With less than a week to go before the official opening of the Paris Motor Show, automakers are taking that last opportunity to preview their debuts. For Ferrari, that's the all-new GTC4Lusso T. The "T" points to the V8 turbo that stands in for the standard GTC4Lusso's V12, and the new car also loses two drive wheels in an effort to get lighter, cleaner and more practical for everyday drivers.
The GTC4Lusso, a refreshed FF with a rather unwieldy new name, debuted earlier this year at the Geneva Motor Show. It's now joined by a cleaner V8 RWD option, which Ferrari believes will offer the perfect marriage of unbridled four-seat GT sportiness and practical everyday driving.
The GTC4Lusso T is the first Ferrari four-seater in history to rely on a turbocharged V8. The 3.9-liter mill makes the short journey from the 488 GTB, but it doesn't make quite as much power in its new home, giving the GTC4Lusso T 601-hp at 7,500 rpm. Torque is equal to what you get in the 488 - 561 lb-ft, which is available between 3,000 and 5,250 rpm. For comparison, the 6.0-liter V12-backed GTC4 has 680 hp and 514 lb-ft to work with.
The T doesn't lose much acceleration, sprinting to 62 mph (100 km/h) in 3.5 seconds, one-tenth behind the V12 GTC4Lusso, but top speed takes a noticeable dip, dropping 9 mph (14.5 km/h) to 199 mph (320 km/h).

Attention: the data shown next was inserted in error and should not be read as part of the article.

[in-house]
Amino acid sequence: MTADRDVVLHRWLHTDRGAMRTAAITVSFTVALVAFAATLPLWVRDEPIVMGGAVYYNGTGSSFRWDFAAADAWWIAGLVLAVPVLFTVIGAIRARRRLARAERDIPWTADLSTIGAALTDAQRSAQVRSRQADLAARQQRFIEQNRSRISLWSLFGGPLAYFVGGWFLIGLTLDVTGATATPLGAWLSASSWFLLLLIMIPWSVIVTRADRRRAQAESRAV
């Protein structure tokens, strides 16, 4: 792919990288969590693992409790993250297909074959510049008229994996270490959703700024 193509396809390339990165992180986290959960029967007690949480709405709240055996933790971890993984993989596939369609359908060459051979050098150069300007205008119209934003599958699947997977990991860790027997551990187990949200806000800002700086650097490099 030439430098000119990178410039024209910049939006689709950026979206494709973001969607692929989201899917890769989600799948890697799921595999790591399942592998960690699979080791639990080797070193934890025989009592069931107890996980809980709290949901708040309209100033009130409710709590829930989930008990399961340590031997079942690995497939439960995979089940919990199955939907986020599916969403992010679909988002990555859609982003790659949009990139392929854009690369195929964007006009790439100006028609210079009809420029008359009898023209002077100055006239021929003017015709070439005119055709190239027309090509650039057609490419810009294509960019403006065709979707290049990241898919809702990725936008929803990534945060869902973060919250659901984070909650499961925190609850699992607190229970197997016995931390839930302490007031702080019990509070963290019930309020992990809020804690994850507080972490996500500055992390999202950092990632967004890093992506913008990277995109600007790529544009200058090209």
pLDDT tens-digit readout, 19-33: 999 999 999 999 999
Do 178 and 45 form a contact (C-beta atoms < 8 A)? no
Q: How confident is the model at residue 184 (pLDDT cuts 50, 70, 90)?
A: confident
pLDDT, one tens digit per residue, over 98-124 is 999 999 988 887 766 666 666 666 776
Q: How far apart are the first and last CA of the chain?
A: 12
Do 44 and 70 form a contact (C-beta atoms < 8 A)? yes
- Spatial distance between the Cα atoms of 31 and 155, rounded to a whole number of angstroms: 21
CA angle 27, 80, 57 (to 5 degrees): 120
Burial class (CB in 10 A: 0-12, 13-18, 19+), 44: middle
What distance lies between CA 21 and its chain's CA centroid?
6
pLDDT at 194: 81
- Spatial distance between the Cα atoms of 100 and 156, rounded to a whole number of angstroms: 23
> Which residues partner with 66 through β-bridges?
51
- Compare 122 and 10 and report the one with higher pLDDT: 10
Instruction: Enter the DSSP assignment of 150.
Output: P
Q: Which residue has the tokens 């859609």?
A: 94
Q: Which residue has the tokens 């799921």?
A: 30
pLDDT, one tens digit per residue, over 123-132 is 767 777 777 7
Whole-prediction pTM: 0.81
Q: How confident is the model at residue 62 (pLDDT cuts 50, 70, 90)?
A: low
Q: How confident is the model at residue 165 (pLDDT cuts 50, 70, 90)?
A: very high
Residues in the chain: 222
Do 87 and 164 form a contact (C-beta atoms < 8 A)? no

Ferrari doesn't envision the GTC4Lusso T driver missing that 9 mph too much as he'll be quite busy using the car for slower, more practical commutes. The T has been refined to be more of an everyday driver, and for this purpose, the V8 turbo and rear-wheel-only drive prove quite helpful, bringing estimated fuel consumption to 11.6L/100 km (20 mpg), compared to 15.3L/100 km (15.3 mpg) in the V12 model. Emissions are down to 265 g CO2/km, from 350.
The V8 turbo gives the GTC4Lusso T extra torque, and Ferrari says that modular torque delivery ensures quick pickup from low revs and smooth acceleration through higher engine speeds. The V8 rumbles with all the Prancing Horse throatiness you could hope for during spirited acceleration but pulls back for a quieter, humbler ride during low speeds, making for less conspicuous urban commuting.
The T loses 4WD, but it keeps the four-wheel steering system, which Ferrari promises will give the new car rapid steering input response during cornering. The T has also dropped 110 lb (50 kg) when compared to the 4WD GTC4, weighing 3,836 lb (1,740 kg) dry, with optional equipment.
Beyond that, it seems the GTC4Lusso T is basically the same car as the regular GTC4. We'll poke around in Paris to see if anything else pops out, but Ferrari doesn't mention any substantive changes to the styling or interior.
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